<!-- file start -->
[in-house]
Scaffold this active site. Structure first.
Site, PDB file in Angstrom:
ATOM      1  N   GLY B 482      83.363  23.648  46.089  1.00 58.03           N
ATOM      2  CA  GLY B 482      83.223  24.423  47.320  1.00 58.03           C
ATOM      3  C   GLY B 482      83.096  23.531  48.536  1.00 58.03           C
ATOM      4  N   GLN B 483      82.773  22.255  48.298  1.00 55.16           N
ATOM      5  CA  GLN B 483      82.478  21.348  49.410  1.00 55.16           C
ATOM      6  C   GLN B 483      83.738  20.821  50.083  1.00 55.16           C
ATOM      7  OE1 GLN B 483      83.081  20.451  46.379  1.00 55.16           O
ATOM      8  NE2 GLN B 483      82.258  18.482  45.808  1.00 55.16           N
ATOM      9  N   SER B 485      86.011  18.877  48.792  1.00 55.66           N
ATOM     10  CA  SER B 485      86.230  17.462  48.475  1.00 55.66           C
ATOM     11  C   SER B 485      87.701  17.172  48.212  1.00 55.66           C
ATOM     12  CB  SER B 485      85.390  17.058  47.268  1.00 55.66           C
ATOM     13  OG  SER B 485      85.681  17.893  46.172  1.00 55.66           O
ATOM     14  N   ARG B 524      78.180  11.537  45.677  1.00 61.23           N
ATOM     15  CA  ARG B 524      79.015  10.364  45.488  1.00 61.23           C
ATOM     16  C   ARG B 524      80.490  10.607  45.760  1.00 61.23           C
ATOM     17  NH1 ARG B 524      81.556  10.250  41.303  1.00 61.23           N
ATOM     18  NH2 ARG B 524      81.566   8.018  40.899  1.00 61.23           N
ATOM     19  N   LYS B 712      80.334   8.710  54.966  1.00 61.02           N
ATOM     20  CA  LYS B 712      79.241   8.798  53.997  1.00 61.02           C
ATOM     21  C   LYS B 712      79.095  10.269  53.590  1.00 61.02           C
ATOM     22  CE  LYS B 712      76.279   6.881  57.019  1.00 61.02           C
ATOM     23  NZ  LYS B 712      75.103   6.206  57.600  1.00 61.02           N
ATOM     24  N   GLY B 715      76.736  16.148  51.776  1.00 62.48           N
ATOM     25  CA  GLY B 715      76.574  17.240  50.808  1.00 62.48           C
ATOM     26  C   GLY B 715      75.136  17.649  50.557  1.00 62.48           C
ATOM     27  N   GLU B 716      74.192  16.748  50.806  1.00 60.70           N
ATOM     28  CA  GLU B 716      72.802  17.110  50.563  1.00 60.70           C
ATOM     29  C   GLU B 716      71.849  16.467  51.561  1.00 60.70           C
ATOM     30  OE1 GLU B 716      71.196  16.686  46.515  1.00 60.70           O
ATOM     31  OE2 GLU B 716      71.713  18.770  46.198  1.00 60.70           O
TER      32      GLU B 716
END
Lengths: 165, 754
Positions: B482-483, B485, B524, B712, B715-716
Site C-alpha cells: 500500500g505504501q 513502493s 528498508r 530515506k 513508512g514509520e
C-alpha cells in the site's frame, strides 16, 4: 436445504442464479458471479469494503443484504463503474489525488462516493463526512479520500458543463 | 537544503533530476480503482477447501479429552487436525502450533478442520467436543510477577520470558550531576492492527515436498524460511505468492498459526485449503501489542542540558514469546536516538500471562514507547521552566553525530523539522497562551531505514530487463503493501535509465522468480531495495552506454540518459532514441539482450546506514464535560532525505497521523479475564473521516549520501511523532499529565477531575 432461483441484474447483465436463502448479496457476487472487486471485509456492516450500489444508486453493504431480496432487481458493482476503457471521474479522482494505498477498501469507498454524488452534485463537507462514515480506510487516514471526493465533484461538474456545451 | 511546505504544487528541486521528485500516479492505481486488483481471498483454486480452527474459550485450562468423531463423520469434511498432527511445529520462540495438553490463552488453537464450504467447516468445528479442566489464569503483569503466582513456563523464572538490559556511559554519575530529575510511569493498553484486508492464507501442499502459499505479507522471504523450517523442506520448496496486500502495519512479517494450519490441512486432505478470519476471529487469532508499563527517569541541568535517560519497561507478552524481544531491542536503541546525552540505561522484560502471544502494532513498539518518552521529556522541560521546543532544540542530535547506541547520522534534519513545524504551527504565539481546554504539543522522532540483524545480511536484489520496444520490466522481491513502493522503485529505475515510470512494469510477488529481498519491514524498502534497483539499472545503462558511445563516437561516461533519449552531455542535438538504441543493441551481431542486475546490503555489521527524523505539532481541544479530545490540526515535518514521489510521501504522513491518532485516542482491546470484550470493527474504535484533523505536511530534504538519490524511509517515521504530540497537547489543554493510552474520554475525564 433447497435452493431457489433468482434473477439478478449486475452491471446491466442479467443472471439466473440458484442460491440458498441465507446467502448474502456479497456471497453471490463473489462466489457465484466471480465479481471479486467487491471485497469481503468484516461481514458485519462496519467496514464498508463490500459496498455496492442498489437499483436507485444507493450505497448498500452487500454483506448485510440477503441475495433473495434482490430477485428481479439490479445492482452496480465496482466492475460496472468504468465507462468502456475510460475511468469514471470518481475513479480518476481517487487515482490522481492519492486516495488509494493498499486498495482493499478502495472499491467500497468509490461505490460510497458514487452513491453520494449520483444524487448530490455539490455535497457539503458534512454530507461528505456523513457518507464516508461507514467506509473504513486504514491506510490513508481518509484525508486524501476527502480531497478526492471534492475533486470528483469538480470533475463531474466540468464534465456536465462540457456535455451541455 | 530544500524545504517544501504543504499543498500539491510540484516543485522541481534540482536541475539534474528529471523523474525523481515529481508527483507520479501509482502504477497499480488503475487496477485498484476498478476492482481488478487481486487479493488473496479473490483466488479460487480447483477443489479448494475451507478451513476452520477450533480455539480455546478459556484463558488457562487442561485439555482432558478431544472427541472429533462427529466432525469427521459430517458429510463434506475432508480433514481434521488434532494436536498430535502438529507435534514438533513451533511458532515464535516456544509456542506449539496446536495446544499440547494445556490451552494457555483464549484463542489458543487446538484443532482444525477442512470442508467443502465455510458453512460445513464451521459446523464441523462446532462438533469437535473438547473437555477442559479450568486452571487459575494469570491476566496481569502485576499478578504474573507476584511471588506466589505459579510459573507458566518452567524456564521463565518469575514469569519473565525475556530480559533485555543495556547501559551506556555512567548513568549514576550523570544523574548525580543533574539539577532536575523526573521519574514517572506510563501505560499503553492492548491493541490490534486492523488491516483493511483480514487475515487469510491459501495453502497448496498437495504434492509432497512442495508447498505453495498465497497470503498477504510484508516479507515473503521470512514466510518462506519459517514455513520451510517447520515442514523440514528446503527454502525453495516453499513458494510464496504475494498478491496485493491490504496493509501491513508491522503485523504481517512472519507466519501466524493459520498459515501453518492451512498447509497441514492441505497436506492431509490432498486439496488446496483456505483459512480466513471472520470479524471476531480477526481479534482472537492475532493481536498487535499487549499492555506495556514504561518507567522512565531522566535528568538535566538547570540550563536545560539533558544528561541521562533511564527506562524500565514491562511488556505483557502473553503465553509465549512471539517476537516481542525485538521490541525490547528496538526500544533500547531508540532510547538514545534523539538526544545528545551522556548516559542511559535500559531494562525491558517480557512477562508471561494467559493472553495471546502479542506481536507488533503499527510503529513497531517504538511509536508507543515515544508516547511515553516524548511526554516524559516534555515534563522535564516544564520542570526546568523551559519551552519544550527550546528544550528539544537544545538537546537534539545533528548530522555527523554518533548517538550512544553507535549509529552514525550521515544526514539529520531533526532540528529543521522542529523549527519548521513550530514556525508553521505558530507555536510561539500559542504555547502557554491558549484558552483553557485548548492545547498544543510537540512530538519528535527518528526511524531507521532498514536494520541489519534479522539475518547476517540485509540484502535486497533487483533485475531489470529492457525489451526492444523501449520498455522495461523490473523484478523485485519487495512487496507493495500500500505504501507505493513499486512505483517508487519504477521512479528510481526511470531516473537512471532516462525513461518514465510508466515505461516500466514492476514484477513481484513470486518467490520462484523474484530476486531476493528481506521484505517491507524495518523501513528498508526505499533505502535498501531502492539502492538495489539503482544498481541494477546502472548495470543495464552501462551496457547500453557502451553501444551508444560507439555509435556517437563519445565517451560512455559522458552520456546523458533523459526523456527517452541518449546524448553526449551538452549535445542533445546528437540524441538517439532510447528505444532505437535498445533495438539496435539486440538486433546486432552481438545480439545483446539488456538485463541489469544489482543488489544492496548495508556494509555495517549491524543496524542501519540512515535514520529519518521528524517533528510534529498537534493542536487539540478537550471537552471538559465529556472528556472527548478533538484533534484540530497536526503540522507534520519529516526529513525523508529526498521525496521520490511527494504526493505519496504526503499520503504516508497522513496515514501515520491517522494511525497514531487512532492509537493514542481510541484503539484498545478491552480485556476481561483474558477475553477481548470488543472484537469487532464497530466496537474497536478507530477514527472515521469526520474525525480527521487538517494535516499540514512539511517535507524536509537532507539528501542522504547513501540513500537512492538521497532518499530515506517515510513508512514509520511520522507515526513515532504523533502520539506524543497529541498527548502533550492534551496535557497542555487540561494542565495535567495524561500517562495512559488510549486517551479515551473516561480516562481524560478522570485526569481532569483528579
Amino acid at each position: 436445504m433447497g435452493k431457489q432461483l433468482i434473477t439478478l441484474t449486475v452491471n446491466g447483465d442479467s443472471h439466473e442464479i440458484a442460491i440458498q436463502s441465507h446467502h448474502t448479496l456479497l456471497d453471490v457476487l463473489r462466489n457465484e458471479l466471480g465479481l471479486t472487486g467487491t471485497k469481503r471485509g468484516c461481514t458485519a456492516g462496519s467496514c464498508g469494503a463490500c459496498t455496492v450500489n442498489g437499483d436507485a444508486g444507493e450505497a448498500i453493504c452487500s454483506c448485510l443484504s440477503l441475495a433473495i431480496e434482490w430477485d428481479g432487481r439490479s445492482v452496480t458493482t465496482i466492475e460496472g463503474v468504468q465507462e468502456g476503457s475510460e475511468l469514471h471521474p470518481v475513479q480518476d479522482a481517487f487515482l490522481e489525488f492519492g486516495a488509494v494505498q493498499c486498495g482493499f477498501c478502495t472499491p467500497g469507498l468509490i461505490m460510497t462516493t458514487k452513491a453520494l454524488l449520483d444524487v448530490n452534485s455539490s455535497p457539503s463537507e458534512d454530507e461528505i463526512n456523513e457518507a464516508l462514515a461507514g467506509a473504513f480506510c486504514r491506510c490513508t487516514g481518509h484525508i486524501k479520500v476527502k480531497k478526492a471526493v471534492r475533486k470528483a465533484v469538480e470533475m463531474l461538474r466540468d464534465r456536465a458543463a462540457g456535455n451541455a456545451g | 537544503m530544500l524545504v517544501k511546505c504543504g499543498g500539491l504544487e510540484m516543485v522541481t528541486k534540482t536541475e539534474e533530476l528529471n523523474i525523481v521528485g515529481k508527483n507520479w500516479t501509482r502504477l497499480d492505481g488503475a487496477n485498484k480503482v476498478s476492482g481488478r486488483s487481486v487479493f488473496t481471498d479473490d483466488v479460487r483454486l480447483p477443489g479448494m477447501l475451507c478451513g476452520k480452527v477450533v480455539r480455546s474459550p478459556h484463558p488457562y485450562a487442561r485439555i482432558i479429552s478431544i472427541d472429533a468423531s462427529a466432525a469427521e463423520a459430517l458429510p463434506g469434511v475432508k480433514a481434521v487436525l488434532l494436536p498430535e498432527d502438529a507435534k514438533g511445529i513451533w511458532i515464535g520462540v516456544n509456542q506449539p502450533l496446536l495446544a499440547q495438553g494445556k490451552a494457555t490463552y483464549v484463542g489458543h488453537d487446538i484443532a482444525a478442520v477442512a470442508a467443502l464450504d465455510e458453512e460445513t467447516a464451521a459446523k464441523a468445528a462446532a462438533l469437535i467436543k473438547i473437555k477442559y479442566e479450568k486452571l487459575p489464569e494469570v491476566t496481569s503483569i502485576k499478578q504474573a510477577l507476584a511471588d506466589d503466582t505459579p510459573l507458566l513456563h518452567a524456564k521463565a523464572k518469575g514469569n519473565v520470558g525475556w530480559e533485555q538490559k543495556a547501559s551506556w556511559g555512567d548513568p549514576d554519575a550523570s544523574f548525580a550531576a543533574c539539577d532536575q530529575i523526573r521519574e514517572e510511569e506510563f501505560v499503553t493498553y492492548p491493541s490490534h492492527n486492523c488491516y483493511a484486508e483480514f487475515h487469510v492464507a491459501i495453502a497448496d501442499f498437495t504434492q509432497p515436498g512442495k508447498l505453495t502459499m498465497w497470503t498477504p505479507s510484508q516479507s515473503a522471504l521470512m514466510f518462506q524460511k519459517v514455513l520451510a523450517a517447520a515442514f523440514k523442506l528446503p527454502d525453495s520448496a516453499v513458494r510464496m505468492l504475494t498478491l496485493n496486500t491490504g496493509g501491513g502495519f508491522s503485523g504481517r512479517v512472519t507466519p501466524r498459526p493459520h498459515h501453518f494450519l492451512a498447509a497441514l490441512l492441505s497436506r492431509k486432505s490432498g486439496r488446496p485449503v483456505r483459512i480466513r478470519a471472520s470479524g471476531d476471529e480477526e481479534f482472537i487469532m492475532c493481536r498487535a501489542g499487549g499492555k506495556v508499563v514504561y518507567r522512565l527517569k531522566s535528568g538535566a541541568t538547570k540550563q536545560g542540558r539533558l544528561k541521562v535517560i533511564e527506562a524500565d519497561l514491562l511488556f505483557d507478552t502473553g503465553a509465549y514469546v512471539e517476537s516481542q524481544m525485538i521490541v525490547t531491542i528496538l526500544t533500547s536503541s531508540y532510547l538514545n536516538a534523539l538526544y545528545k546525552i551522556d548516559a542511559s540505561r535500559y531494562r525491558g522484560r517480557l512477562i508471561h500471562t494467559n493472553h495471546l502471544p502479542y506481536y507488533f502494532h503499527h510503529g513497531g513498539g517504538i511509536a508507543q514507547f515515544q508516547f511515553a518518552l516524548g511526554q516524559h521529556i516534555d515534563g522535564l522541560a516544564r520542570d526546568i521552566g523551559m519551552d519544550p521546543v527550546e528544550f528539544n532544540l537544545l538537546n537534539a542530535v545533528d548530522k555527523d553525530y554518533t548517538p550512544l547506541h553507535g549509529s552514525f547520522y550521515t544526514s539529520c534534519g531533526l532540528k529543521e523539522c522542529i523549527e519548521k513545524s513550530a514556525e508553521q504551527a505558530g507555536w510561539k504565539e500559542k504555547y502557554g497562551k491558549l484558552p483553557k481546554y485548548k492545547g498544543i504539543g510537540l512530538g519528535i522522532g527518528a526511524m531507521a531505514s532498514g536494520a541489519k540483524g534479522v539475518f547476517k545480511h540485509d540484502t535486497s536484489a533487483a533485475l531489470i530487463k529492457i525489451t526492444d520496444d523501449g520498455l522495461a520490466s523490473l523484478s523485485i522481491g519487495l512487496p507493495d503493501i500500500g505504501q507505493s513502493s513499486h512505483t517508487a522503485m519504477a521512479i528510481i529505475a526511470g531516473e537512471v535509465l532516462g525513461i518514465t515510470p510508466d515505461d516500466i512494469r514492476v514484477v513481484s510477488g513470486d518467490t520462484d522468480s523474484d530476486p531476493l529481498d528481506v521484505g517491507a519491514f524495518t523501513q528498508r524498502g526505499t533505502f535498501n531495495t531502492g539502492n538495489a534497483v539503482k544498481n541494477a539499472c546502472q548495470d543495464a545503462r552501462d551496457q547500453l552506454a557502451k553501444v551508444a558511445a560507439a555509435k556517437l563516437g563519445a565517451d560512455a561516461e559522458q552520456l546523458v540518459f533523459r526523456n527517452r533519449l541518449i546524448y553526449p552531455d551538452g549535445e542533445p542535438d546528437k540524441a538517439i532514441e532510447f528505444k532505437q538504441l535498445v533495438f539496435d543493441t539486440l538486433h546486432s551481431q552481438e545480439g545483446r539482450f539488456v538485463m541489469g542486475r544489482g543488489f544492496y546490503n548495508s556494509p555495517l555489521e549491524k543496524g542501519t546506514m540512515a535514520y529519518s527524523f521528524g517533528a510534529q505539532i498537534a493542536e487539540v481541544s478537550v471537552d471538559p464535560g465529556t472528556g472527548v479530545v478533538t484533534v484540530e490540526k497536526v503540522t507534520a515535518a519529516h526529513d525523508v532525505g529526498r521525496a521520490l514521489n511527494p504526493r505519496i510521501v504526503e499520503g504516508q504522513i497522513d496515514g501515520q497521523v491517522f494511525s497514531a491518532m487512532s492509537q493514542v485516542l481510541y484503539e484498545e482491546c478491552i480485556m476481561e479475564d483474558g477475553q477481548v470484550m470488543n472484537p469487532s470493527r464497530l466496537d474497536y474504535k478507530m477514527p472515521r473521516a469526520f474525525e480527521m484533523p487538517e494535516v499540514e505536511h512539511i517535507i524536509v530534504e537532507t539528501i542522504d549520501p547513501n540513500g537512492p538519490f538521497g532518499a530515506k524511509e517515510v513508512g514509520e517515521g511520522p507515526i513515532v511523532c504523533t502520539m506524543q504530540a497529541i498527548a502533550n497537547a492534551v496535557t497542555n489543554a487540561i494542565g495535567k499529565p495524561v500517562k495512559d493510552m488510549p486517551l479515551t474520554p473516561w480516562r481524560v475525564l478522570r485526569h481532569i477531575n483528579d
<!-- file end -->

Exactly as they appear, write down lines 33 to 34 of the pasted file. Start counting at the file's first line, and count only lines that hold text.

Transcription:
ATOM     30  OE1 GLU B 716      71.196  16.686  46.515  1.00 60.70           O
ATOM     31  OE2 GLU B 716      71.713  18.770  46.198  1.00 60.70           O